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Root Flare - Newsletter


Most Trees Are Planted Too Deep in the Ground

Trees too deep in the ground, an all too common problem, have two basic problems. When the trunk flare is under ground, it stays moist and doesn't breathe properly as bark is supposed to do. Soil too high on the trunk also often hides circling and girdling roots which choke the tree and drastically slow down growth. Many trees are snapping off at the ground surface because of this problem. Trees grown in containers are highly subject to this damaging condition. To make matters worse, mulch is often piled up on trunks.


content_img.7290.img.jpg                                content_img.7289.img.jpg
 Wrong: Improperly Exposed                                            Right:  Properly Exposed


Solution?  Get the mulch and soil off the trunk and off the flare. If you do the soil removal yourself, use hand tools and gloved hands being extremely careful not to damage the wet bark tissue. Water can be used but only with a soft flowing stream. Strong water blasts can severely damage the soft bark on the base of the trees. The best route is to hire an arborist that uses the Air Spade. It is a fancy sandblasting type tool that blows air (no sand) at a high velocity and removes the soil without damaging even the smallest roots.  Arborists that don’t use this tool or the Air Knife should be passed on when hiring a tree care company.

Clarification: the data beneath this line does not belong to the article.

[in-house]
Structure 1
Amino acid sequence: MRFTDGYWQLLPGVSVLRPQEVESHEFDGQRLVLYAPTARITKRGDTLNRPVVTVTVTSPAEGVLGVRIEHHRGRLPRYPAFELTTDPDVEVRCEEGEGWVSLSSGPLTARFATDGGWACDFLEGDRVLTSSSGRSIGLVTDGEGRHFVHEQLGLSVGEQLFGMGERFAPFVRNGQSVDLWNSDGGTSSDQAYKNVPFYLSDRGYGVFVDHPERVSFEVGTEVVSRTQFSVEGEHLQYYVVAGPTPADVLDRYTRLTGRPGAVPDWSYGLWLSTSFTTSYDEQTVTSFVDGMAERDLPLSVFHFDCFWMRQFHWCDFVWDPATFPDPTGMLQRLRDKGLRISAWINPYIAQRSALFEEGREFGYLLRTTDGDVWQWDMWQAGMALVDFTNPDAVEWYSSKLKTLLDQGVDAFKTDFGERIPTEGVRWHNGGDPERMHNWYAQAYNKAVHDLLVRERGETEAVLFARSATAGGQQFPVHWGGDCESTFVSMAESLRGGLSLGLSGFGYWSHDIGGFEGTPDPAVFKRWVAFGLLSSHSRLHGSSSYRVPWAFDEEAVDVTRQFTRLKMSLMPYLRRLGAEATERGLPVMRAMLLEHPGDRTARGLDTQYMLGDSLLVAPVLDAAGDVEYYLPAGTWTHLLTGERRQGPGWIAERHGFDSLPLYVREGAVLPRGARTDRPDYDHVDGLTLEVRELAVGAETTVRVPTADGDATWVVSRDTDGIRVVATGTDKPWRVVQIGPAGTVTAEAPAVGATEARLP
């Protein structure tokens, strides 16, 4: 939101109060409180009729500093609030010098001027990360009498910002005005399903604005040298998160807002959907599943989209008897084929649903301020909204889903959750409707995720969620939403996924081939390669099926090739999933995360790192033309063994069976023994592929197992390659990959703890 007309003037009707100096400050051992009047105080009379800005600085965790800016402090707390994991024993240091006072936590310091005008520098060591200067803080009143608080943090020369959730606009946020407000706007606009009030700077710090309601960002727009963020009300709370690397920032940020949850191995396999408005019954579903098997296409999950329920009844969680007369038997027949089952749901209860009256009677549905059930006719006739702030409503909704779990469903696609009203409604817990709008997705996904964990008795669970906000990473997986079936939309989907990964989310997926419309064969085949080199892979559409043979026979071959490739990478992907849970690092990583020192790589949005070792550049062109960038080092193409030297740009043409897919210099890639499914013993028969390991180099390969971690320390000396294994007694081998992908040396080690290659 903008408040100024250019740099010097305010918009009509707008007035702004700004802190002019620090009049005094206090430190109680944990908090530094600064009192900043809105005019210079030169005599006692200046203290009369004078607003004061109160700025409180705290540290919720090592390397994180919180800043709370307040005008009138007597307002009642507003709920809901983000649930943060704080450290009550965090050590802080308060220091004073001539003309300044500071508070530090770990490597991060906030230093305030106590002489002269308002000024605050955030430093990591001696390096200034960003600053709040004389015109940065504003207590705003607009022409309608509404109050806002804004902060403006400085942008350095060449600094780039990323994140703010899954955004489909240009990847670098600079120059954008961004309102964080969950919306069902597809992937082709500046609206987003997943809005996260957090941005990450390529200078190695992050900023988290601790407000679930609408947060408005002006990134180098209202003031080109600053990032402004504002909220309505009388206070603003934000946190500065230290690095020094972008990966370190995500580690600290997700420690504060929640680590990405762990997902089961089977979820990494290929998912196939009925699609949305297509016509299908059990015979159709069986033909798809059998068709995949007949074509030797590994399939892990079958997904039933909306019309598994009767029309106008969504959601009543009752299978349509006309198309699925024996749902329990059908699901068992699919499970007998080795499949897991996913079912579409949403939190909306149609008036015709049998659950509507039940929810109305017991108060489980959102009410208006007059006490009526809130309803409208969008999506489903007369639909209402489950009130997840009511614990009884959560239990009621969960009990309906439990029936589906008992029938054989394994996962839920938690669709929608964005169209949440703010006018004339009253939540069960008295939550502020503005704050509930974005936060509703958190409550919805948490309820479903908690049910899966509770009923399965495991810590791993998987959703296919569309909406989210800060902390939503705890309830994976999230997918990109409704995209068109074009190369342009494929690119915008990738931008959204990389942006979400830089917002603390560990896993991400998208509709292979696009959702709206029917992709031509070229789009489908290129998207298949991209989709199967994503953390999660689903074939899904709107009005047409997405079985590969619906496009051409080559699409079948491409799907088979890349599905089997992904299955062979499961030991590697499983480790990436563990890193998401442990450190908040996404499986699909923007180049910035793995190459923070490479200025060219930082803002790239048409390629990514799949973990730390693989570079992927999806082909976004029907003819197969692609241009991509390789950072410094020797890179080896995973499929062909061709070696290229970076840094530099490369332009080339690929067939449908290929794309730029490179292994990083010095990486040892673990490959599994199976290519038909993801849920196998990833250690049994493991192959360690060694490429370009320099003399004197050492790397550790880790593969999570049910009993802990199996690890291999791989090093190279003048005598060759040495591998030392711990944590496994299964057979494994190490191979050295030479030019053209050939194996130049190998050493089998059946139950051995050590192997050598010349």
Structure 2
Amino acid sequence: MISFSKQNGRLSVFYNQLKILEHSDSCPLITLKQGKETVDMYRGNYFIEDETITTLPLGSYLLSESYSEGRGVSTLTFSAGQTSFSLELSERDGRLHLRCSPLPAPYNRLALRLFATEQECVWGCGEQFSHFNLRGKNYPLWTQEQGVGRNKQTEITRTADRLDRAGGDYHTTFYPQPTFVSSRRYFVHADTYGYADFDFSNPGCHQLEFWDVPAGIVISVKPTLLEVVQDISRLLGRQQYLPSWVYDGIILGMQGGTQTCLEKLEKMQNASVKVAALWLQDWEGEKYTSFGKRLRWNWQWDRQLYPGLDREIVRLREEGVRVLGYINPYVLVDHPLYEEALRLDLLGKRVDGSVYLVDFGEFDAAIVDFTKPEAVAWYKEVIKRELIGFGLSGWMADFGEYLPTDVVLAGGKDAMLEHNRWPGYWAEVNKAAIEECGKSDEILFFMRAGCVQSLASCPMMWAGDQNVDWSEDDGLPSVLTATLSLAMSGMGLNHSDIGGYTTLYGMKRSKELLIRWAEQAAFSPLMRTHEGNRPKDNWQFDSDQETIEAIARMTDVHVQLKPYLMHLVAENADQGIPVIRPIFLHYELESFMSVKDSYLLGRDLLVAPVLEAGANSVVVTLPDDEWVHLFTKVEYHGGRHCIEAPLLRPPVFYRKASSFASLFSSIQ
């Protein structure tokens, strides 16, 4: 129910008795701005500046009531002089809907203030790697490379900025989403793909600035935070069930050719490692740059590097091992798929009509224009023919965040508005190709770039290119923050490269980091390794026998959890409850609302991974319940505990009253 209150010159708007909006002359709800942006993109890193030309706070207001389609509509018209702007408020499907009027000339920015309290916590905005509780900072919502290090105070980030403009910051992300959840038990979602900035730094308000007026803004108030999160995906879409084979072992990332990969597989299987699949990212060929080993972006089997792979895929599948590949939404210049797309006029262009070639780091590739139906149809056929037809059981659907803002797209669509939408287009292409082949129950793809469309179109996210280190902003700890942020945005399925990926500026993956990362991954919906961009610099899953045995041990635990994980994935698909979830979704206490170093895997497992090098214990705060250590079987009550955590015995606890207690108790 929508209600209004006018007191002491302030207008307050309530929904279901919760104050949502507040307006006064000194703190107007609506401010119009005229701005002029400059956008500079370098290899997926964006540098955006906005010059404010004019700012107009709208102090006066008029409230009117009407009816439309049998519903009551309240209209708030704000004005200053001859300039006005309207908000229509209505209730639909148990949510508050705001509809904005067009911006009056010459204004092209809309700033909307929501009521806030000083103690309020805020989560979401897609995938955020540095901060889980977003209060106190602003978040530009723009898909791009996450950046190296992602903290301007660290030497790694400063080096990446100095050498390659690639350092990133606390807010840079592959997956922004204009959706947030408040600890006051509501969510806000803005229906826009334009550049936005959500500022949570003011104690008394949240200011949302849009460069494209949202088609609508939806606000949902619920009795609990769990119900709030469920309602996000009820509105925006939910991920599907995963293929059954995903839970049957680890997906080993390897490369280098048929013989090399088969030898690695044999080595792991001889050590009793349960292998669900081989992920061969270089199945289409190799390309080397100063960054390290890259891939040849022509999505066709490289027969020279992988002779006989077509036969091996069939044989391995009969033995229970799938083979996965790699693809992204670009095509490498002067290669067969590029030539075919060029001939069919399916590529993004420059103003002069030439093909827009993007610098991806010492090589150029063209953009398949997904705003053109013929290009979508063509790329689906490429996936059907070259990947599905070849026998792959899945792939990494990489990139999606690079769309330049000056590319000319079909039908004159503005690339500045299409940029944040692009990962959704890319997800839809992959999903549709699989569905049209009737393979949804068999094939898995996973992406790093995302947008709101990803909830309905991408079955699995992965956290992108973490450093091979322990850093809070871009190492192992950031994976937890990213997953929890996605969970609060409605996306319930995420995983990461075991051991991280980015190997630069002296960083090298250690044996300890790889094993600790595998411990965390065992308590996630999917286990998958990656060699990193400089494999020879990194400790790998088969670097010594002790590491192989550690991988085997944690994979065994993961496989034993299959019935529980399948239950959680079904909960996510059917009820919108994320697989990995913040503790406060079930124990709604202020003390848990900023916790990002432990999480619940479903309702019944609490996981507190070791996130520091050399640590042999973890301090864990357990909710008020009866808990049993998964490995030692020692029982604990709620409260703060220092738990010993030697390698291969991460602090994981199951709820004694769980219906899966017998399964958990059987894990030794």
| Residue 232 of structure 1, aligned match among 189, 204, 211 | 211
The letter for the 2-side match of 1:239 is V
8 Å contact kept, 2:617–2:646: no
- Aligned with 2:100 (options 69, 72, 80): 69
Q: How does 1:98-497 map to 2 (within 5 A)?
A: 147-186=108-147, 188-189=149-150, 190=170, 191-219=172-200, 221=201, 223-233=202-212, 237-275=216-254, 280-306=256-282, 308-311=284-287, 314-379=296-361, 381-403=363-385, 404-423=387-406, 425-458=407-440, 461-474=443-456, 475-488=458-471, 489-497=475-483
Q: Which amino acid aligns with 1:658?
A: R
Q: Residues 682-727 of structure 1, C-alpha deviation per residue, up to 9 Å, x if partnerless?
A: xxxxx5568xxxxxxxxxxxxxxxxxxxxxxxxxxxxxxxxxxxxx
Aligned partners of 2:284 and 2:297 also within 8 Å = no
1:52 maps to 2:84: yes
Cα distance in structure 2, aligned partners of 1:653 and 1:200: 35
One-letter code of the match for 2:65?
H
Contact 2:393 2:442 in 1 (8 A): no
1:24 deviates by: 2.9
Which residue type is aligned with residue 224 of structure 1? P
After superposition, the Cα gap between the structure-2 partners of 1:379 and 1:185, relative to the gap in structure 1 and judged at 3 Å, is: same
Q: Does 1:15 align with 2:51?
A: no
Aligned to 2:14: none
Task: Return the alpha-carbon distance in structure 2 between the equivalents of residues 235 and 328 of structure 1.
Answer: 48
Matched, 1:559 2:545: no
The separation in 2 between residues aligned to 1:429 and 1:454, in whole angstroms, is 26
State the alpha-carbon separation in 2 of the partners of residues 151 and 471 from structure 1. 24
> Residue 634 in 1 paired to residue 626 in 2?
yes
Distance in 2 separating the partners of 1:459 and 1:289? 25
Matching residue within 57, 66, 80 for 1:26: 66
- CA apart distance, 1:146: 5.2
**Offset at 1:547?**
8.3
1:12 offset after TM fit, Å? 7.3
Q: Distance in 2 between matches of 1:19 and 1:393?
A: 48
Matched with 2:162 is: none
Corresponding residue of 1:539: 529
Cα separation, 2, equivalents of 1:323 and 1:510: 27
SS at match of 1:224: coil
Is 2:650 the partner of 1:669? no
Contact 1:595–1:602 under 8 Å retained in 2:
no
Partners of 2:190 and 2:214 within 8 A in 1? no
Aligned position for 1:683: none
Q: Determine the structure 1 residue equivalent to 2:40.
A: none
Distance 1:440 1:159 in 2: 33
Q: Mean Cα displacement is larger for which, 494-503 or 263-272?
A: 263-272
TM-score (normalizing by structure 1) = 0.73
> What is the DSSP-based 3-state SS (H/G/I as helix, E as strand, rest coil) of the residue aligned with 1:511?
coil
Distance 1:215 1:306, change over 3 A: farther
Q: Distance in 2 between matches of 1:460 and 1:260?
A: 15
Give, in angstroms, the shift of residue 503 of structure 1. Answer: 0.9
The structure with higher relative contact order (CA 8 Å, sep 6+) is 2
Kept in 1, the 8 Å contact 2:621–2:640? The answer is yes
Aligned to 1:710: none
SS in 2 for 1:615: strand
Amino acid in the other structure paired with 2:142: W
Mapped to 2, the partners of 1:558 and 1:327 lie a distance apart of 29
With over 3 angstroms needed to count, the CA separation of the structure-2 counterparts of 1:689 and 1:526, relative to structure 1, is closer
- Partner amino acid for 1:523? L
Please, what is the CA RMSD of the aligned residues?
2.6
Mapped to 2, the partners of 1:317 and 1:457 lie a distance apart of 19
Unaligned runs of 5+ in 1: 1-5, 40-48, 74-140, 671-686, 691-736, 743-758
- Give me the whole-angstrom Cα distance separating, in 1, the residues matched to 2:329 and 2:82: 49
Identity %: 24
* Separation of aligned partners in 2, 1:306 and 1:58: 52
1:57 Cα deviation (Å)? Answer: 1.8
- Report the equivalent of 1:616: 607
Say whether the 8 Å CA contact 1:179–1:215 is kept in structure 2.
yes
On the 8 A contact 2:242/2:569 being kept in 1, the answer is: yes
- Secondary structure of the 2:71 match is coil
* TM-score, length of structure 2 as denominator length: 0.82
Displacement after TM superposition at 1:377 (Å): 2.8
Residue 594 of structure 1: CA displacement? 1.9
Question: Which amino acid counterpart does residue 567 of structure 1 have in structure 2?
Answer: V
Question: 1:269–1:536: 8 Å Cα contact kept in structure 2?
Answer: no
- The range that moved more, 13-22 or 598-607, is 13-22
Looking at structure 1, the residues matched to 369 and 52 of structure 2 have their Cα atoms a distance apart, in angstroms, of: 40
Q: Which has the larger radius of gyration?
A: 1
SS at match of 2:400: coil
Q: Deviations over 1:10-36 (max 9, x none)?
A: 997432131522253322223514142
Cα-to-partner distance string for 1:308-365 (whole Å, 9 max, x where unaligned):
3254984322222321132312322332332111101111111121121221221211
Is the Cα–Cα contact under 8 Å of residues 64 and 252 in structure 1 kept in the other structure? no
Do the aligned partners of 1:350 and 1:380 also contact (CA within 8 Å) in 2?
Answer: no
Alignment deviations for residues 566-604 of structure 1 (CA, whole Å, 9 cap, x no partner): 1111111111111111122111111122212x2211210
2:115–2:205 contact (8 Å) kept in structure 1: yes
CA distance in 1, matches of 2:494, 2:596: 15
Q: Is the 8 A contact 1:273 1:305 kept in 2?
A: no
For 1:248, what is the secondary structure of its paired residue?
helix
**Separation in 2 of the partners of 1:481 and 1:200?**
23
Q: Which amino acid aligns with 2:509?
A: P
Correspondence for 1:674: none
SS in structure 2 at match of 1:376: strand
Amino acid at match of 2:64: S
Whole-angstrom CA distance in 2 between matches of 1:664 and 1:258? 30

Once exposed, the root flare area should be left exposed to the air. The tree trunk and root flare eventually will grow and expand to fill the depression around the base of the tree. Putting anything into the depression will cause the area to become a problem again.  That includes stones, bark, compost or anything else.   All I would put in the depression is a very thin layer of shredded mulch and that can be skipped.  Deep holes that may create a dangerous situation need to be covered with a grate.

Read more:   Root FlareRoot Flare ExposuresRoot Flare ManagementRoot Flare Management Arborists 
We’re getting a lot of calls about new landscaping, vegetable gardening and weed control. The next flood of questions will be about insect and disease control. 

If you have any questions about this newsletter or any other topic, join me this weekend for my  Dirt Doctor Radio show.


Naturally yours,
Howard Garrett



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